- Biblical Hebrew Language 1 or Yiddish Language 1
- Modern Hebrew Language 1
- Sources, Methods, and Skills in Jewish Studies
You will select three of the following 15-credit optional modules (the selection varies each year):
- Introduction to the Study of Judaism
- Introduction to the History and Literature of Ancient Israel
- Introduction to Jewish History and Literature (1st-11th Centuries CE)
- Introduction to Medieval and Early Modern Jewish History (1000-1800 CE)
- Introduction to Modern Jewish History (1800 to the present)
- Introduction to Israeli Culture, Society, and Politics
- Introduction to Jewish Philosophy and Mysticism
- Religion, State, and Society in Modern European History
- Modern Hebrew Language 2
You will select 90 credits from a wide range of optional modules in the following areas: Hebrew, Yiddish and other Jewish languages; Jewish history and culture; literature and politics. Alternatively, 30 credits can be selected from another subject area by arrangement with the relevant department.
Compulsory modules (full-time)
Final-year dissertation (30 credits)
You will select 90 credits from a wide range of optional modules in the following areas: Hebrew, Yiddish, and other Jewish languages; Jewish history and culture; literature; and politics.
Most modules are assessed by a combination of essays and an end-of-year written examination, in addition to other types of coursework such as presentations. Modern language modules are also assessed by oral examinations.
The foundation of your career
Our graduates take up employment in diverse fields including law, teaching (primary and secondary), banking and finance, journalism, publishing, the museum sector, and librarianship. Many choose to pursue postgraduate study, either continuing within Hebrew and Jewish studies or moving into different fields such as history, digital humanities, linguistics, religious studies, and others.
The programme develops a wide range of skills such as critical thinking, oral and written communication, and time management, in addition to linguistic ability, which will be beneficial for a wide range of careers.
UCL is committed to helping you get the best start after graduation. Read more about how UCL Careers and UCL Innovation and Enterprise can help you find employment or learn about entrepreneurship.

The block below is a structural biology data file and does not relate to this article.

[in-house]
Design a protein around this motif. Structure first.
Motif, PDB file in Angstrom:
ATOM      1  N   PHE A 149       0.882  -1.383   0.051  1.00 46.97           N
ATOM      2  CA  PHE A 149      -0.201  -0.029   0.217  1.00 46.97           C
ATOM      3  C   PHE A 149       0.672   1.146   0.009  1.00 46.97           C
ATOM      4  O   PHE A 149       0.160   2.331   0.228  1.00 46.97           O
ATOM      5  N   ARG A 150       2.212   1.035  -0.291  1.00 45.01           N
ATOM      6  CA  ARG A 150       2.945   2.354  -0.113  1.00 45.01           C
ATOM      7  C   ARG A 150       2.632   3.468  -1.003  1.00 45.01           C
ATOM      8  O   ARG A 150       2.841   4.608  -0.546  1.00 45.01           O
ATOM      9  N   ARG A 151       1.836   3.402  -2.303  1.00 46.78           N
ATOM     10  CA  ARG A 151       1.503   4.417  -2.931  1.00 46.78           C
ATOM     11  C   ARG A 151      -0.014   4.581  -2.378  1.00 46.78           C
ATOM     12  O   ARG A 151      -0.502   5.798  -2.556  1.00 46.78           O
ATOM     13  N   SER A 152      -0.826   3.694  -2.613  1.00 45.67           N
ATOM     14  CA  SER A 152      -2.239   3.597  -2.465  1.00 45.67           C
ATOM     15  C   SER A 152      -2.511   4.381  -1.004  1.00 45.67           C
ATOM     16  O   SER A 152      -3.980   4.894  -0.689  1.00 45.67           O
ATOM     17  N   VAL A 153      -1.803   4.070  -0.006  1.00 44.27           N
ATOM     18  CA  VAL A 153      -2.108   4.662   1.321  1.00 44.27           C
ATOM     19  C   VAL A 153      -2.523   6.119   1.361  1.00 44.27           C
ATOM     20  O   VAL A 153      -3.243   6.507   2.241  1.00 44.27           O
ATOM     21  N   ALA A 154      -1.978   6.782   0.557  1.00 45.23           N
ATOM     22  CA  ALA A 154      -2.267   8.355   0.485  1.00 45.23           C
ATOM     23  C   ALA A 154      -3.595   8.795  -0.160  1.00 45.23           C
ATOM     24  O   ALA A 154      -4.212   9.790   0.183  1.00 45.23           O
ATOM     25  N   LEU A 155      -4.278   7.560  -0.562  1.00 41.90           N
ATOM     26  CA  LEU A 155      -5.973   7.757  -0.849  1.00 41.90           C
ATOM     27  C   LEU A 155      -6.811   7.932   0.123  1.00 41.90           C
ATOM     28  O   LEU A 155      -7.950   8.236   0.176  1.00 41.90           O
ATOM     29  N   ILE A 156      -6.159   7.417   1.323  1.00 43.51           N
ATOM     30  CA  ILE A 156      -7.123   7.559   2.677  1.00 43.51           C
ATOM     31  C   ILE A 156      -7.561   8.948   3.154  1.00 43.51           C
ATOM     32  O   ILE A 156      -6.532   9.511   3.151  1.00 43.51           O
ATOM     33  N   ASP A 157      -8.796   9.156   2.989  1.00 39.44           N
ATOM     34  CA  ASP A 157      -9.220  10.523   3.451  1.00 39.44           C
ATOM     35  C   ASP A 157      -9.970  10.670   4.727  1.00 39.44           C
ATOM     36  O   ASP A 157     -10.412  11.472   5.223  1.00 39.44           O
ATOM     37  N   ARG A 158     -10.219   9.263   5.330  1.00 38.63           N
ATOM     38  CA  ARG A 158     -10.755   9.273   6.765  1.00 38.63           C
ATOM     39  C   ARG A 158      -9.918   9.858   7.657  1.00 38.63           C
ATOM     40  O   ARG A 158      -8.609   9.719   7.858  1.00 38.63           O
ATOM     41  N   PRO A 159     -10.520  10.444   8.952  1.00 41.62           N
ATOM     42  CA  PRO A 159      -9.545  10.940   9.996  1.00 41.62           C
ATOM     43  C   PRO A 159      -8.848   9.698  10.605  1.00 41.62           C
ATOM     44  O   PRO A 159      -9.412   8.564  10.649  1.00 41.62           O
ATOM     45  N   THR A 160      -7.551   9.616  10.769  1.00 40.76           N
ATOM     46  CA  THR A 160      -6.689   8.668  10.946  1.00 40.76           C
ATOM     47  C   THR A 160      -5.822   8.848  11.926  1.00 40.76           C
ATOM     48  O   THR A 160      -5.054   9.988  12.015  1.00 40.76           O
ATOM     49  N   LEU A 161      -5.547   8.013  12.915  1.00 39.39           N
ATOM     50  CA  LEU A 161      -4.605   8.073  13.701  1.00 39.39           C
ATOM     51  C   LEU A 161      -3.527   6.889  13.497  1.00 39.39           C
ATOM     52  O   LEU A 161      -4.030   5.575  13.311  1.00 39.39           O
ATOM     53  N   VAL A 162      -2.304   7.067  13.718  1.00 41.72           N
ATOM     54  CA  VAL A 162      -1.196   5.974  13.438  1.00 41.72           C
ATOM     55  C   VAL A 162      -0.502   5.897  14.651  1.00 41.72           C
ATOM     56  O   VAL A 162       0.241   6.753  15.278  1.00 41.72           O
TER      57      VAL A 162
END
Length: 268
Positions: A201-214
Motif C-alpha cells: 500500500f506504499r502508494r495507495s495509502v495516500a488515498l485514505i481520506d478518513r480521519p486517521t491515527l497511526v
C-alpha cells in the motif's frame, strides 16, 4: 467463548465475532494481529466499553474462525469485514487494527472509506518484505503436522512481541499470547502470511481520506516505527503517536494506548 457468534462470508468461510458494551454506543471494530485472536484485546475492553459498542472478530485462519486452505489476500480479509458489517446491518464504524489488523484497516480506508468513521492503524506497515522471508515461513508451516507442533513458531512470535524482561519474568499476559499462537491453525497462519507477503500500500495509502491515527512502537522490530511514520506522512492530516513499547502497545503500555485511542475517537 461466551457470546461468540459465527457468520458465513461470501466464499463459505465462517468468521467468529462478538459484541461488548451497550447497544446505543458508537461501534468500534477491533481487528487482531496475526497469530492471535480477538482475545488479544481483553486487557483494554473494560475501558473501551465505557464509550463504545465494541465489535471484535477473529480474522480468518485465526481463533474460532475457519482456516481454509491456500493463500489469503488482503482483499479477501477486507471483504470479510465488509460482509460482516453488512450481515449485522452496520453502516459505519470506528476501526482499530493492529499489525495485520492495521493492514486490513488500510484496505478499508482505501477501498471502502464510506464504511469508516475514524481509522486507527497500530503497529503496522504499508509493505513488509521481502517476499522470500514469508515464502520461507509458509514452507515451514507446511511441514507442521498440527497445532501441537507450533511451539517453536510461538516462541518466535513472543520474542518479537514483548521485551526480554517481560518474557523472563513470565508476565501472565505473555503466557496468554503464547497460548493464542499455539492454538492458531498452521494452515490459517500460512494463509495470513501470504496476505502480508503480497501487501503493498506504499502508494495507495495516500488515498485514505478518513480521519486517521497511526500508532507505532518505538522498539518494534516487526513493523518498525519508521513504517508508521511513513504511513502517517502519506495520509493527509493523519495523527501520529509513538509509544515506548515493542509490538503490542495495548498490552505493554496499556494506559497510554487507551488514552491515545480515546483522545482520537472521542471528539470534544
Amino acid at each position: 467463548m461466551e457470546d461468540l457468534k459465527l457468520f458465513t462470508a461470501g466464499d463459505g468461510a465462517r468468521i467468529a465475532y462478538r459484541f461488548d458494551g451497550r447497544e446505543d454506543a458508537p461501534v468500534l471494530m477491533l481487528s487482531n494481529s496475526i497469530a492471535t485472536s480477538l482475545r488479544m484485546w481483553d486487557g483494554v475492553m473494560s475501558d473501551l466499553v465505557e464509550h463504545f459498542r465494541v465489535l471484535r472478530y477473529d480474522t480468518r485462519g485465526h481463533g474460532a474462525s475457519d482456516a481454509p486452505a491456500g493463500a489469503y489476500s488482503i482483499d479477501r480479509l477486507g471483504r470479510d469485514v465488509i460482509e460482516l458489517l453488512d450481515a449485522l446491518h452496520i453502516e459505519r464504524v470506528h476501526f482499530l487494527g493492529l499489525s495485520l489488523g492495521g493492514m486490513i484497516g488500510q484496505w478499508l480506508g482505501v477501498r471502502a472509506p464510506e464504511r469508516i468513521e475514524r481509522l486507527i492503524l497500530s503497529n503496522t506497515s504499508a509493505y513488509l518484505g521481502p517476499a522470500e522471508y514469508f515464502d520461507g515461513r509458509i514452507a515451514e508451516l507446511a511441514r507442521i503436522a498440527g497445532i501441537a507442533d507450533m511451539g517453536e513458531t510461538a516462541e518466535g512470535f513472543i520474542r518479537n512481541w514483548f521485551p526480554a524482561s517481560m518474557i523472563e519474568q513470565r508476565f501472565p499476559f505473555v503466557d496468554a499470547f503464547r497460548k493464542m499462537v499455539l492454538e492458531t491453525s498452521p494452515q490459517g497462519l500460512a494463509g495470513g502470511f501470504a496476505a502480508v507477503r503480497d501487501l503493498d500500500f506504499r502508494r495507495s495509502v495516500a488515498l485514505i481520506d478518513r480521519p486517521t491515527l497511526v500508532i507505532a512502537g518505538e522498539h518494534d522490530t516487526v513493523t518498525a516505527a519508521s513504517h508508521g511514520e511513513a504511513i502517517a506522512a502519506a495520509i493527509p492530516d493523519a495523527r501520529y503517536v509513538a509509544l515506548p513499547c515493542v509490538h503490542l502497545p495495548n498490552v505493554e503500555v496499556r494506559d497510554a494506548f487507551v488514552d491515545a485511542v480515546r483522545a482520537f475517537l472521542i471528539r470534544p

Fees and funding
Fees for this course
|Tuition fees (2022/23)||9,250 (2022/23)|
|Tuition fees (2022/23)||24,000 (2022/23)|
The fees indicated are for undergraduate entry in the 2022/23 academic year. The UK fees shown are for the first year of the programme at UCL only. Fees for future years may be subject to an inflationary increase. The Overseas fees shown are the fees that will be charged to 2022/23 entrants for each year of study on the programme, unless otherwise indicated below.
Full details of UCL's tuition fees, tuition fee policy and potential increases to fees can be found on the UCL Students website: ucl.ac.uk/prospective-students/undergraduate/funding-your-studies.
If you are concerned by potential additional costs for books, equipment, etc. on this programme, please get in touch with the relevant departmental contact (details given on this page).
A guide including rough estimates for these and other living expenses is included on the UCL Fees and funding pages. If you are concerned by potential additional costs for books, equipment, etc., please get in touch with the relevant departmental contact (details given on this page).
Funding your studies
Various funding options are available, including student loans, scholarships and bursaries. UK students whose household income falls below a certain level may also be eligible for a non-repayable bursary or for certain scholarships. Please see the Fees and funding pages for more details.
The Scholarships and Funding website lists scholarships and funding schemes available to UCL students. These may be open to all students, or restricted to specific nationalities, regions or academic department.
In your application we will be particularly interested in your motivation to study the subject, and your interest in broad matters of language, literature and culture. We will also be interested to learn of experiences you may have had relating to Jewish studies, such as courses attended, museums visited, travel, and wider reading.
How to apply
Application for admission should be made through UCAS (the Universities and Colleges Admissions Service). Applicants currently at school or college will be provided with advice on the process; however, applicants who have left school or who are based outside the United Kingdom may obtain information directly from UCAS.
The selection process is conducted on the basis of your UCAS application and personal statement. If you receive an offer of a place on the programme, you will be invited to visit UCL Hebrew & Jewish Studies and to tour the campus.
For further information on UCL's selection process see: How we assess your application.
UCL is regulated by the Office for Students.